With just days left in the legislative session, we analyze Governor Cuomo's latest push including his program bill for campaign finance reform. Also, we take a look at the Women's Equality Act and the controversial abortion plank.
There’s three days left in the legislative session, and chances are dimming for a settlement on an abortion rights provision in a women’s equality act, and for reform of campaign financing and other anti-corruption measures. Meanwhile, a new poll finds the public increasingly dissatisfied.
As the session winds down, it seems that two of the governor’s top agenda items are doomed in the State Senate.
Women’s groups have agreed to amend abortion rights language in a women’s equality bill to clarify that a late term abortion procedure that opponents call partial birth abortion will continue to be illegal in New York.
Several Republican Senators said they couldn’t support a proposal to codify into New York State law the abortion rights afforded to women in the federal Roe v Wade decision. They said they feared it would promote late term abortions, including partial birth abortion, which are currently illegal in the US.
It’s getting down to the wire for major pieces of legislation as the end of session approaches in Albany, including women’s rights and campaign finance reform. There are no agreements yet, but as Karen DeWitt reports, that’s not unusual in a government that operates on last minute deals.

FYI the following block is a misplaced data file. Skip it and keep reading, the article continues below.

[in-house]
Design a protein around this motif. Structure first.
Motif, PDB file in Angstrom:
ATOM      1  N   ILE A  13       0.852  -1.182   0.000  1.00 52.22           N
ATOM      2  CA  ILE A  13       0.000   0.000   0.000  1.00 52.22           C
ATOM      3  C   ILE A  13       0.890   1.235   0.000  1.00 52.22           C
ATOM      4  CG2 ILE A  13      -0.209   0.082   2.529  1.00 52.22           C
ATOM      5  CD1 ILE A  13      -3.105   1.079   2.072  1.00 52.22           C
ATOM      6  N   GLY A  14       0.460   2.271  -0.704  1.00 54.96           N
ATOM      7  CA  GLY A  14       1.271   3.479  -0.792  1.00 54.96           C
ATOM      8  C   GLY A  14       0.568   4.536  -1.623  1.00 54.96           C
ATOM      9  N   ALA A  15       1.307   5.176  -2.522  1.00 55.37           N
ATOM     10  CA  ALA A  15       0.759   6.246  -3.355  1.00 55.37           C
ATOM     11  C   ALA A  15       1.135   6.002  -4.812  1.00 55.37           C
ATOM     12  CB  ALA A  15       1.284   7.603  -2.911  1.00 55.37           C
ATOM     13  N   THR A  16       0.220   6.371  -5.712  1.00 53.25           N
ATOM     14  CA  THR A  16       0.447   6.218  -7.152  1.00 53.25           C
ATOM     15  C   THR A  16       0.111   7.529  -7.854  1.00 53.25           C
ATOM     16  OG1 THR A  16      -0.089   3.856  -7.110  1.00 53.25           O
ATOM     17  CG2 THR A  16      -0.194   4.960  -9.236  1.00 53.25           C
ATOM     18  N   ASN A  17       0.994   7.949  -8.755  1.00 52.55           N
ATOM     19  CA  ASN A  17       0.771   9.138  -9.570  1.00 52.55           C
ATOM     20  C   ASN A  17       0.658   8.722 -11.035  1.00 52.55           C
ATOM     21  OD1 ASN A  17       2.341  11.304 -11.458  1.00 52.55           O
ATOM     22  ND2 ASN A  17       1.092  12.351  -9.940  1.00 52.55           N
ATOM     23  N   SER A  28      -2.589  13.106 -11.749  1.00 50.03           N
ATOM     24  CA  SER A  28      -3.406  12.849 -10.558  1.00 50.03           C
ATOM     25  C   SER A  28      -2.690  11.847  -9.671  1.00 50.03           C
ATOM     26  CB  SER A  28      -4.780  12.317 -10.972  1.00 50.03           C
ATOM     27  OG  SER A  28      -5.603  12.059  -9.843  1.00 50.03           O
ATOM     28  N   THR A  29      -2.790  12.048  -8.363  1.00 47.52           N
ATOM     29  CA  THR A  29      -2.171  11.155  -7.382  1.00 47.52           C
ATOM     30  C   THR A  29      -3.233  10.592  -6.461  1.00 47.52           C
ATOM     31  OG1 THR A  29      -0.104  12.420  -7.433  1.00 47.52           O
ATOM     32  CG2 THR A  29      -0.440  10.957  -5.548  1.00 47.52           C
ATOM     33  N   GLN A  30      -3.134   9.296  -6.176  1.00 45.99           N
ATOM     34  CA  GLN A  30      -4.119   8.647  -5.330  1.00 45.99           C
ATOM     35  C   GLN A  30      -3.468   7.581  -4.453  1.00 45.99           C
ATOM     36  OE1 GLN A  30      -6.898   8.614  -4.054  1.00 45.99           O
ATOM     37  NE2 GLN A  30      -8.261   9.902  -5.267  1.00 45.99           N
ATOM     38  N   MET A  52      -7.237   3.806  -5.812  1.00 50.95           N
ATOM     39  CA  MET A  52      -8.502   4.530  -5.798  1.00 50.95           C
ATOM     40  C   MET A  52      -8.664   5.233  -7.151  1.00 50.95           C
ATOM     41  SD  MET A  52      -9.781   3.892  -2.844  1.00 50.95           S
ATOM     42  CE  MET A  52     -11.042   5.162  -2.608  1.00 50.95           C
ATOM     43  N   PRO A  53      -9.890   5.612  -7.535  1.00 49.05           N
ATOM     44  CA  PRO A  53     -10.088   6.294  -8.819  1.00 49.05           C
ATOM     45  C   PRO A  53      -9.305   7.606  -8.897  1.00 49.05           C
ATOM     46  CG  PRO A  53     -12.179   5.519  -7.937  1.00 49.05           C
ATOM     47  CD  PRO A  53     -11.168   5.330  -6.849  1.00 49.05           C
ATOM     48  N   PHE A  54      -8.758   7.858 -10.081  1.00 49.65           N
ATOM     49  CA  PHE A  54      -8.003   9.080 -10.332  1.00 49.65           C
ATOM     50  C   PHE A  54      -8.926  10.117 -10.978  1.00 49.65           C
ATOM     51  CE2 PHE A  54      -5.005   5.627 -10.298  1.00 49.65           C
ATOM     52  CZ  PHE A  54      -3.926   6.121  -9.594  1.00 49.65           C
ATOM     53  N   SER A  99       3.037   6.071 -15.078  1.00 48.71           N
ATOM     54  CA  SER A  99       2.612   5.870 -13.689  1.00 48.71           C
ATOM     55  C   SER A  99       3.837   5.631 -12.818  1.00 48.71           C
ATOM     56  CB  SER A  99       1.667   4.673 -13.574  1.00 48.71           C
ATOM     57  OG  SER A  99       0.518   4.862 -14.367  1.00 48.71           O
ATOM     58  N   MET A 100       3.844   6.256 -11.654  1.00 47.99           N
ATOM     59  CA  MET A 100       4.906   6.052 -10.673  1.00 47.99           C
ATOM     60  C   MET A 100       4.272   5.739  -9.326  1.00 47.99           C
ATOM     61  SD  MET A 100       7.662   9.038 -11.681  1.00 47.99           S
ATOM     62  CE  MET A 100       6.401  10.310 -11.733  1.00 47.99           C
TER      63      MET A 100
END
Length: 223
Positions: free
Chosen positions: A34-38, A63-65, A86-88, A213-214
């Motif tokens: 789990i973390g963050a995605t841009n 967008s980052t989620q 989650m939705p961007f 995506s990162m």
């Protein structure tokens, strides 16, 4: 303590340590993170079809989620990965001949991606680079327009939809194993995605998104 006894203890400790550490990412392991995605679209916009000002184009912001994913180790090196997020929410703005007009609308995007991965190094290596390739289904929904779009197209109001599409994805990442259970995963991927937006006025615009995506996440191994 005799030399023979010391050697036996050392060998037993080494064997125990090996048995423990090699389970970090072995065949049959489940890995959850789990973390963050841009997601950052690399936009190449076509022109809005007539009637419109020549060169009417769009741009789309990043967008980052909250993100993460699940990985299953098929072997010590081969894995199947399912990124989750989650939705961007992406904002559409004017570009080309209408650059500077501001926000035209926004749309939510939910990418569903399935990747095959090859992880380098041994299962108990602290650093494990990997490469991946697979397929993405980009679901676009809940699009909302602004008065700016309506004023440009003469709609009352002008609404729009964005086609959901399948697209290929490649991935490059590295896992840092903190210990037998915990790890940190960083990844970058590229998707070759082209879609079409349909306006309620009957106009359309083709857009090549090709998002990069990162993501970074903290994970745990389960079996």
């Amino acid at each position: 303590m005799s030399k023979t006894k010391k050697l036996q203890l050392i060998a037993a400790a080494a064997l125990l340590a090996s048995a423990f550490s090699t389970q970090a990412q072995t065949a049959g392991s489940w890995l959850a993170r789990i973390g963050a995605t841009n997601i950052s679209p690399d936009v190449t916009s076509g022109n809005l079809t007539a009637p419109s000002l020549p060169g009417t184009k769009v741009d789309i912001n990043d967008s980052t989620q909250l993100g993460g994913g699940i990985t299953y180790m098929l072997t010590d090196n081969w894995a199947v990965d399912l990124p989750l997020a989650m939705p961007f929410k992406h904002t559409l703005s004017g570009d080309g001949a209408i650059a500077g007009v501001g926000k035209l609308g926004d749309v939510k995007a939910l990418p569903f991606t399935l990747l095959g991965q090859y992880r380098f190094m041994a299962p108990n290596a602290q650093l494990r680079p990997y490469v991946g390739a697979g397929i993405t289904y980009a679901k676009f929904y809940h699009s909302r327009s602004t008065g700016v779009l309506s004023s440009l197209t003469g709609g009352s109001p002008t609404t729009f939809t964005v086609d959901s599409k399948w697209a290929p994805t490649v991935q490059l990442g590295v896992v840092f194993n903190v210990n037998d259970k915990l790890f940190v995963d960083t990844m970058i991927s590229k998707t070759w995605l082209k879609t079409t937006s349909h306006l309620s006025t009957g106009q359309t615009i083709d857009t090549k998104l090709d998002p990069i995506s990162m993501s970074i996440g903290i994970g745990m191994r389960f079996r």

Legislative battles are being fought around the country over whether or not to let home-schooled students play on public high school teams.
Roughly half of U.S. states have passed laws making them eligible to play on the teams. Advocates have dubbed them "Tim Tebow bills," after the NFL quarterback who was home-schooled when he played on a high school team.
But an attempt by Indiana to find a middle ground may not have solved the problem in that state.
The mystery of Jimmy Hoffa's final resting place was opened yet again Monday, when the FBI began digging up a field near Detroit in the hopes of finding the former Teamsters president, who was last seen on July 30, 1975.
Whether it's a free upgrade on a hotel room or skipping ahead in the check-in line, many businesses give preferential treatment to some customers, hoping to make them more loyal. The practice often works — but a new study suggests that when we get perks we didn't earn, negative feelings can result. And they can make a surprise deal a little less sweet.